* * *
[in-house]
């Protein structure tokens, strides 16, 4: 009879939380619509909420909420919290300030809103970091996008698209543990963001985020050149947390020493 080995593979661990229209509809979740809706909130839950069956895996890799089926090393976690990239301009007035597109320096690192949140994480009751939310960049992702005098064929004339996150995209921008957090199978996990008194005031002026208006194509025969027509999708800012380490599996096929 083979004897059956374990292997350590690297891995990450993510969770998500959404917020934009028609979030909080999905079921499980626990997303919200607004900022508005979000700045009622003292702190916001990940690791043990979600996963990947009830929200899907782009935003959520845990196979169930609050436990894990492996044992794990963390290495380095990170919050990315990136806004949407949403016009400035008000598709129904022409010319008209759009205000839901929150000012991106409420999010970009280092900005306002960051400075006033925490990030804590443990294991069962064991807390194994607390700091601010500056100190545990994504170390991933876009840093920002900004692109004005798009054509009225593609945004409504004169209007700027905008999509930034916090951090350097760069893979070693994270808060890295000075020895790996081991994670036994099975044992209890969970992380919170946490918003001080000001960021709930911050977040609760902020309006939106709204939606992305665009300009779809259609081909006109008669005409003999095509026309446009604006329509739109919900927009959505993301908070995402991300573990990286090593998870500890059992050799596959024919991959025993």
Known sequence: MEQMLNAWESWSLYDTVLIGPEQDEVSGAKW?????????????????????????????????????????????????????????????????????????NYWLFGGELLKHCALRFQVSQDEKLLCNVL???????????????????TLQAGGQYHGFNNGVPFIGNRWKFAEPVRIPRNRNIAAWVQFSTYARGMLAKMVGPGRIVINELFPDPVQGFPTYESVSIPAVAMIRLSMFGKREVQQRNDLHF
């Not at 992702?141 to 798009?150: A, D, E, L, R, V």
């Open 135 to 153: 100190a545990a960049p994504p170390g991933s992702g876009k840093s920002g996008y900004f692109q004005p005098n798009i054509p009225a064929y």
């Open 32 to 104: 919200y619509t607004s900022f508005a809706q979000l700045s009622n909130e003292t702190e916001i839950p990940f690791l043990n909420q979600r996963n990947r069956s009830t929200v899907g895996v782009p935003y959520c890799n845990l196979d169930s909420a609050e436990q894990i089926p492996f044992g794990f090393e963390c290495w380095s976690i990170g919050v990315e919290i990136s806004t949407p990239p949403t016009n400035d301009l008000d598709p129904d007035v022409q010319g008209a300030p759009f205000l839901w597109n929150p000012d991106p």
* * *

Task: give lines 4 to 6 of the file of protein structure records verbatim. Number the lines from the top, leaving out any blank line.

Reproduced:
């Not at 992702?141 to 798009?150: A, D, E, L, R, V």
């Open 135 to 153: 100190a545990a960049p994504p170390g991933s992702g876009k840093s920002g996008y900004f692109q004005p005098n798009i054509p009225a064929y």
């Open 32 to 104: 919200y619509t607004s900022f508005a809706q979000l700045s009622n909130e003292t702190e916001i839950p990940f690791l043990n909420q979600r996963n990947r069956s009830t929200v899907g895996v782009p935003y959520c890799n845990l196979d169930s909420a609050e436990q894990i089926p492996f044992g794990f090393e963390c290495w380095s976690i990170g919050v990315e919290i990136s806004t949407p990239p949403t016009n400035d301009l008000d598709p129904d007035v022409q010319g008209a300030p759009f205000l839901w597109n929150p000012d991106p």